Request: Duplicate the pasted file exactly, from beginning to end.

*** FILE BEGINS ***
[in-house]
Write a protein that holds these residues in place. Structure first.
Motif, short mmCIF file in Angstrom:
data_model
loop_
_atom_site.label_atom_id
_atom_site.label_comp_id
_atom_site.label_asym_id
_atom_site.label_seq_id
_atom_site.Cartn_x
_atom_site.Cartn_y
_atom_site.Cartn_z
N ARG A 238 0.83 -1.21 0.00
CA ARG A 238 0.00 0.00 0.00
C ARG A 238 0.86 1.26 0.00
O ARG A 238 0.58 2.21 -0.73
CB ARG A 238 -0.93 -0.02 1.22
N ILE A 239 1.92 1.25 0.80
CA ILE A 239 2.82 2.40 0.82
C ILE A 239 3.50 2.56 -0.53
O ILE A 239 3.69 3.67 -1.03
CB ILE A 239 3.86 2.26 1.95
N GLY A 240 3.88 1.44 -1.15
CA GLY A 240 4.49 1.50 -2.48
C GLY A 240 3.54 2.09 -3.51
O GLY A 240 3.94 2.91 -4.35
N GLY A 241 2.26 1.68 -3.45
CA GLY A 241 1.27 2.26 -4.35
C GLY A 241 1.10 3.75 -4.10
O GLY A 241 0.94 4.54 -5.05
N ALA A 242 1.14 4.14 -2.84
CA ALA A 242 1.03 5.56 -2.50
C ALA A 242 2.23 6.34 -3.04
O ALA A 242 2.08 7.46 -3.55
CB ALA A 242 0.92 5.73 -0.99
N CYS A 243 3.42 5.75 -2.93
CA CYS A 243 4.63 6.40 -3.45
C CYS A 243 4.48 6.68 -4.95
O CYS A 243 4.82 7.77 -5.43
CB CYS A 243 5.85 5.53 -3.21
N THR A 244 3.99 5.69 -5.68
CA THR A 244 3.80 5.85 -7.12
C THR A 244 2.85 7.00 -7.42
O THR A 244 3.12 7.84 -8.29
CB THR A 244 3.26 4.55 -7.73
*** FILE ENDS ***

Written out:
[in-house]
Write a protein that holds these residues in place. Structure first.
Motif, short mmCIF file in Angstrom:
data_model
loop_
_atom_site.label_atom_id
_atom_site.label_comp_id
_atom_site.label_asym_id
_atom_site.label_seq_id
_atom_site.Cartn_x
_atom_site.Cartn_y
_atom_site.Cartn_z
N ARG A 238 0.83 -1.21 0.00
CA ARG A 238 0.00 0.00 0.00
C ARG A 238 0.86 1.26 0.00
O ARG A 238 0.58 2.21 -0.73
CB ARG A 238 -0.93 -0.02 1.22
N ILE A 239 1.92 1.25 0.80
CA ILE A 239 2.82 2.40 0.82
C ILE A 239 3.50 2.56 -0.53
O ILE A 239 3.69 3.67 -1.03
CB ILE A 239 3.86 2.26 1.95
N GLY A 240 3.88 1.44 -1.15
CA GLY A 240 4.49 1.50 -2.48
C GLY A 240 3.54 2.09 -3.51
O GLY A 240 3.94 2.91 -4.35
N GLY A 241 2.26 1.68 -3.45
CA GLY A 241 1.27 2.26 -4.35
C GLY A 241 1.10 3.75 -4.10
O GLY A 241 0.94 4.54 -5.05
N ALA A 242 1.14 4.14 -2.84
CA ALA A 242 1.03 5.56 -2.50
C ALA A 242 2.23 6.34 -3.04
O ALA A 242 2.08 7.46 -3.55
CB ALA A 242 0.92 5.73 -0.99
N CYS A 243 3.42 5.75 -2.93
CA CYS A 243 4.63 6.40 -3.45
C CYS A 243 4.48 6.68 -4.95
O CYS A 243 4.82 7.77 -5.43
CB CYS A 243 5.85 5.53 -3.21
N THR A 244 3.99 5.69 -5.68
CA THR A 244 3.80 5.85 -7.12
C THR A 244 2.85 7.00 -7.42
O THR A 244 3.12 7.84 -8.29
CB THR A 244 3.26 4.55 -7.73